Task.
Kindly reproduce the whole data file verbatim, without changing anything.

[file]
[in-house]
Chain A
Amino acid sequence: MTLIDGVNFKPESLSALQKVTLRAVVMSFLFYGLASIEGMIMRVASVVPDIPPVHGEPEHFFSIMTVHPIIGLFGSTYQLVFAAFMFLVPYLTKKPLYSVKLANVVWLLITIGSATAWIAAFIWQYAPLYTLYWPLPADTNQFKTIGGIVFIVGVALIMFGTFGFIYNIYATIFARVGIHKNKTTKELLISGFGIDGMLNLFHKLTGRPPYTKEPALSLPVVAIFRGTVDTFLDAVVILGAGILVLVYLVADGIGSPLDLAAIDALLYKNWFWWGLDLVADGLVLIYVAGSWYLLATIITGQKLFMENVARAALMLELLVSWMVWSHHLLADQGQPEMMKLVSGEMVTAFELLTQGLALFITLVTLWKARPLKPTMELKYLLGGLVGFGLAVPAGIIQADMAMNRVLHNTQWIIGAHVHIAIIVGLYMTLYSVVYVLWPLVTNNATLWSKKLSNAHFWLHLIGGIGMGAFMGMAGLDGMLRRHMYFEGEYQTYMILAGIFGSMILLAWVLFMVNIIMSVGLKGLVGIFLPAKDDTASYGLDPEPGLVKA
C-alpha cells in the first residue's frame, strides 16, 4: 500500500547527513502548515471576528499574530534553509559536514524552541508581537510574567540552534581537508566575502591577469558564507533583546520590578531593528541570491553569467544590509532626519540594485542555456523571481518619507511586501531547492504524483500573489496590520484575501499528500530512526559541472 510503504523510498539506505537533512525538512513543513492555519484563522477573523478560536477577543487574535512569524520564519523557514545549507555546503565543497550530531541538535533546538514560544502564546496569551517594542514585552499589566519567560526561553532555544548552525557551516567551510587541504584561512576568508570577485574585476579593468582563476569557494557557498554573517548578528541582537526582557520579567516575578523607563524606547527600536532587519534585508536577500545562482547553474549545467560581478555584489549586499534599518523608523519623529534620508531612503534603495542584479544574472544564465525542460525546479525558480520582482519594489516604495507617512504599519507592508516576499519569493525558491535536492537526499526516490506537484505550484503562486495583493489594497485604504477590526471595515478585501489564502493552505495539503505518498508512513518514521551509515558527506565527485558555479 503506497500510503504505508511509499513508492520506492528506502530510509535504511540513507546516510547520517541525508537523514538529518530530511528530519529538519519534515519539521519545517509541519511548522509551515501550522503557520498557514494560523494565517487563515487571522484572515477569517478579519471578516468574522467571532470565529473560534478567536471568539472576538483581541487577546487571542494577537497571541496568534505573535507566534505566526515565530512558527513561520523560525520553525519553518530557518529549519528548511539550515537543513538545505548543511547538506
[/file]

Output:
[in-house]
Chain A
Amino acid sequence: MTLIDGVNFKPESLSALQKVTLRAVVMSFLFYGLASIEGMIMRVASVVPDIPPVHGEPEHFFSIMTVHPIIGLFGSTYQLVFAAFMFLVPYLTKKPLYSVKLANVVWLLITIGSATAWIAAFIWQYAPLYTLYWPLPADTNQFKTIGGIVFIVGVALIMFGTFGFIYNIYATIFARVGIHKNKTTKELLISGFGIDGMLNLFHKLTGRPPYTKEPALSLPVVAIFRGTVDTFLDAVVILGAGILVLVYLVADGIGSPLDLAAIDALLYKNWFWWGLDLVADGLVLIYVAGSWYLLATIITGQKLFMENVARAALMLELLVSWMVWSHHLLADQGQPEMMKLVSGEMVTAFELLTQGLALFITLVTLWKARPLKPTMELKYLLGGLVGFGLAVPAGIIQADMAMNRVLHNTQWIIGAHVHIAIIVGLYMTLYSVVYVLWPLVTNNATLWSKKLSNAHFWLHLIGGIGMGAFMGMAGLDGMLRRHMYFEGEYQTYMILAGIFGSMILLAWVLFMVNIIMSVGLKGLVGIFLPAKDDTASYGLDPEPGLVKA
C-alpha cells in the first residue's frame, strides 16, 4: 500500500547527513502548515471576528499574530534553509559536514524552541508581537510574567540552534581537508566575502591577469558564507533583546520590578531593528541570491553569467544590509532626519540594485542555456523571481518619507511586501531547492504524483500573489496590520484575501499528500530512526559541472 510503504523510498539506505537533512525538512513543513492555519484563522477573523478560536477577543487574535512569524520564519523557514545549507555546503565543497550530531541538535533546538514560544502564546496569551517594542514585552499589566519567560526561553532555544548552525557551516567551510587541504584561512576568508570577485574585476579593468582563476569557494557557498554573517548578528541582537526582557520579567516575578523607563524606547527600536532587519534585508536577500545562482547553474549545467560581478555584489549586499534599518523608523519623529534620508531612503534603495542584479544574472544564465525542460525546479525558480520582482519594489516604495507617512504599519507592508516576499519569493525558491535536492537526499526516490506537484505550484503562486495583493489594497485604504477590526471595515478585501489564502493552505495539503505518498508512513518514521551509515558527506565527485558555479 503506497500510503504505508511509499513508492520506492528506502530510509535504511540513507546516510547520517541525508537523514538529518530530511528530519529538519519534515519539521519545517509541519511548522509551515501550522503557520498557514494560523494565517487563515487571522484572515477569517478579519471578516468574522467571532470565529473560534478567536471568539472576538483581541487577546487571542494577537497571541496568534505573535507566534505566526515565530512558527513561520523560525520553525519553518530557518529549519528548511539550515537543513538545505548543511547538506